Bush said he didn’t know how many U.S. soldiers could be brought home, or when. “Those decisions will be based on a calm assessment by our military commanders on the conditions on the ground—not a nervous reaction by Washington politicians to poll results in the media,” Bush said.
“If ever there was a sign that we have turned a corner in the fight against both al Qaeda in Iraq and the Sunni insurgency, this was it,” said Frederick Kagan in National Review Online. A year ago, everyone thought the Anbar province was “hopelessly lost” to Sunni extremists. Now it’s safe enough for the entire “war cabinet” to meet there, and “Anbaris are looking to the Americans and the government of Iraq for legitimacy, for protection, and for inclusion in a political process they have spurned for years.”
“It's clear that the alliance made between U.S. troops and Sunni tribesmen is achieving relative stability in Anbar,” said Malou Innocent in the San Francisco Chronicle. But the arrangement makes Shiite leaders nervous, and some critics say the U.S. is “simply arming future fighters in a civil war.” So it’s anybody’s guess whether progress in Anbar will translate into “substantive political progress for Sunni Arabs or the cause of Iraqi national reconciliation.”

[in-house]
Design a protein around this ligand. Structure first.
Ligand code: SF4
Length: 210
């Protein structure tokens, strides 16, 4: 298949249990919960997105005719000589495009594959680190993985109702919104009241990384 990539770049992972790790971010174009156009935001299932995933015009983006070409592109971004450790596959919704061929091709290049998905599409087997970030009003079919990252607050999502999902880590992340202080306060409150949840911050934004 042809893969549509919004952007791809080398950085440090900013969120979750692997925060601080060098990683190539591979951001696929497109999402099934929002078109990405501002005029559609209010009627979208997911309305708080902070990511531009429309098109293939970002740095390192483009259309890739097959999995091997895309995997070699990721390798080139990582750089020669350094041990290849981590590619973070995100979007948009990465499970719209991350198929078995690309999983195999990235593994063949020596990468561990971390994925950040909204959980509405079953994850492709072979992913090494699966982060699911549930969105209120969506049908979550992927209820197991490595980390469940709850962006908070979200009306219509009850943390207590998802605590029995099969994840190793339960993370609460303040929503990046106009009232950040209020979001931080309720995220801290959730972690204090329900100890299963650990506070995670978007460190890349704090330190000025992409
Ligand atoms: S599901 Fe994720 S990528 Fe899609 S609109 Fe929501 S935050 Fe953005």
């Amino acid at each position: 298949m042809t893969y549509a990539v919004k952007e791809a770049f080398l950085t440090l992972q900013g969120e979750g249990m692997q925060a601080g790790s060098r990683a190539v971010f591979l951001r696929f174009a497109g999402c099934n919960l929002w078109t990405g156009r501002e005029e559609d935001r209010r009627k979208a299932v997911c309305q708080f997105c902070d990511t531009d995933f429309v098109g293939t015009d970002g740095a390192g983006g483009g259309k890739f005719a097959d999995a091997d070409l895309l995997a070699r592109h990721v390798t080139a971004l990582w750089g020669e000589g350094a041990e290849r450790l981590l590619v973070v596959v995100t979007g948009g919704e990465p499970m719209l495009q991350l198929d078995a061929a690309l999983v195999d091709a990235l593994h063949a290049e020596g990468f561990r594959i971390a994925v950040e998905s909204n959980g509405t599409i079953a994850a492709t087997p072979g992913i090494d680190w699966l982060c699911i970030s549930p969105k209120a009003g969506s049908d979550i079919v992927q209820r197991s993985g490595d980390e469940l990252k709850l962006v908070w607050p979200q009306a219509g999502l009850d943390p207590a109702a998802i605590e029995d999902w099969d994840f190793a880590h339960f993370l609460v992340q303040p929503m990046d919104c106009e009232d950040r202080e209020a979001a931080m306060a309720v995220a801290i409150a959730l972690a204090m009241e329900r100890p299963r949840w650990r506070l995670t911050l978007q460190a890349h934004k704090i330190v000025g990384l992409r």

“Cajoling” Maliki into the Sunni desert is one thing, said The Economist in an editorial, but getting him to “form a more representative government” is quite another. Maliki’s “fractious coalition” remains opposed to making concessions the Sunnis want on government structures and the division of Iraq’s oil wealth, and one day of “political theater” won’t change anything.
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